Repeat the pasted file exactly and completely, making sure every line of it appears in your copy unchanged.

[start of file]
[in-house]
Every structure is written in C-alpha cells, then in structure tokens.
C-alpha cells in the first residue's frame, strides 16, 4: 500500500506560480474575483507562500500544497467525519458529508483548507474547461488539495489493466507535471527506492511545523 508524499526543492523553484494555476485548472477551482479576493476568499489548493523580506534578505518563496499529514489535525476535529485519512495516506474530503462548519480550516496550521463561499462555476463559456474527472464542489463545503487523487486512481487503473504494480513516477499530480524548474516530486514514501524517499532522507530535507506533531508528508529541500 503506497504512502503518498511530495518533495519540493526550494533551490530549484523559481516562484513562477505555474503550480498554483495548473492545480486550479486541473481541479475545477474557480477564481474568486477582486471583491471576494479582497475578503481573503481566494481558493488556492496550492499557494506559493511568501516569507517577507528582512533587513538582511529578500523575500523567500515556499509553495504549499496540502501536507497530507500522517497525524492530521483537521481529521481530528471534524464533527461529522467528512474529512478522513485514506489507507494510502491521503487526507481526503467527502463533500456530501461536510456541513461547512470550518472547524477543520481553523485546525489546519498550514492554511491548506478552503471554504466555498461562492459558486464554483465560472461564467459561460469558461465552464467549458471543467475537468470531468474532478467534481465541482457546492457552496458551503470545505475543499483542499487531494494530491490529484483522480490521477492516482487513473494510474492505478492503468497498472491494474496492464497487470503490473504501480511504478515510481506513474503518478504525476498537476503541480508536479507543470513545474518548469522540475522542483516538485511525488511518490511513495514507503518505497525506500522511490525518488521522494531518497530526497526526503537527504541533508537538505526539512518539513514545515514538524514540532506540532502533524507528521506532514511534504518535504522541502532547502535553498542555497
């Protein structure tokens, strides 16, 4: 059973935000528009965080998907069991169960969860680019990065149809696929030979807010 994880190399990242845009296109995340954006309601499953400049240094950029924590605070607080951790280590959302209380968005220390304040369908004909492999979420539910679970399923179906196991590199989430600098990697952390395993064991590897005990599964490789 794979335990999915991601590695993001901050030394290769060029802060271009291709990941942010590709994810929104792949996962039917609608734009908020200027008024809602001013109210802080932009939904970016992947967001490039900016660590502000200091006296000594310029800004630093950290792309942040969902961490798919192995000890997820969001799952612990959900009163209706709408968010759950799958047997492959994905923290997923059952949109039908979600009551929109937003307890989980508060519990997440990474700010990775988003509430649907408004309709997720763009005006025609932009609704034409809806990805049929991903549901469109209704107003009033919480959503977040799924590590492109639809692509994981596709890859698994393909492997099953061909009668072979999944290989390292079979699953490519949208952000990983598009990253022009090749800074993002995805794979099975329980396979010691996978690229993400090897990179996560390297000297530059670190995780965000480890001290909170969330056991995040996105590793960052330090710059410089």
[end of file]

[in-house]
Every structure is written in C-alpha cells, then in structure tokens.
C-alpha cells in the first residue's frame, strides 16, 4: 500500500506560480474575483507562500500544497467525519458529508483548507474547461488539495489493466507535471527506492511545523 508524499526543492523553484494555476485548472477551482479576493476568499489548493523580506534578505518563496499529514489535525476535529485519512495516506474530503462548519480550516496550521463561499462555476463559456474527472464542489463545503487523487486512481487503473504494480513516477499530480524548474516530486514514501524517499532522507530535507506533531508528508529541500 503506497504512502503518498511530495518533495519540493526550494533551490530549484523559481516562484513562477505555474503550480498554483495548473492545480486550479486541473481541479475545477474557480477564481474568486477582486471583491471576494479582497475578503481573503481566494481558493488556492496550492499557494506559493511568501516569507517577507528582512533587513538582511529578500523575500523567500515556499509553495504549499496540502501536507497530507500522517497525524492530521483537521481529521481530528471534524464533527461529522467528512474529512478522513485514506489507507494510502491521503487526507481526503467527502463533500456530501461536510456541513461547512470550518472547524477543520481553523485546525489546519498550514492554511491548506478552503471554504466555498461562492459558486464554483465560472461564467459561460469558461465552464467549458471543467475537468470531468474532478467534481465541482457546492457552496458551503470545505475543499483542499487531494494530491490529484483522480490521477492516482487513473494510474492505478492503468497498472491494474496492464497487470503490473504501480511504478515510481506513474503518478504525476498537476503541480508536479507543470513545474518548469522540475522542483516538485511525488511518490511513495514507503518505497525506500522511490525518488521522494531518497530526497526526503537527504541533508537538505526539512518539513514545515514538524514540532506540532502533524507528521506532514511534504518535504522541502532547502535553498542555497
């Protein structure tokens, strides 16, 4: 059973935000528009965080998907069991169960969860680019990065149809696929030979807010 994880190399990242845009296109995340954006309601499953400049240094950029924590605070607080951790280590959302209380968005220390304040369908004909492999979420539910679970399923179906196991590199989430600098990697952390395993064991590897005990599964490789 794979335990999915991601590695993001901050030394290769060029802060271009291709990941942010590709994810929104792949996962039917609608734009908020200027008024809602001013109210802080932009939904970016992947967001490039900016660590502000200091006296000594310029800004630093950290792309942040969902961490798919192995000890997820969001799952612990959900009163209706709408968010759950799958047997492959994905923290997923059952949109039908979600009551929109937003307890989980508060519990997440990474700010990775988003509430649907408004309709997720763009005006025609932009609704034409809806990805049929991903549901469109209704107003009033919480959503977040799924590590492109639809692509994981596709890859698994393909492997099953061909009668072979999944290989390292079979699953490519949208952000990983598009990253022009090749800074993002995805794979099975329980396979010691996978690229993400090897990179996560390297000297530059670190995780965000480890001290909170969330056991995040996105590793960052330090710059410089």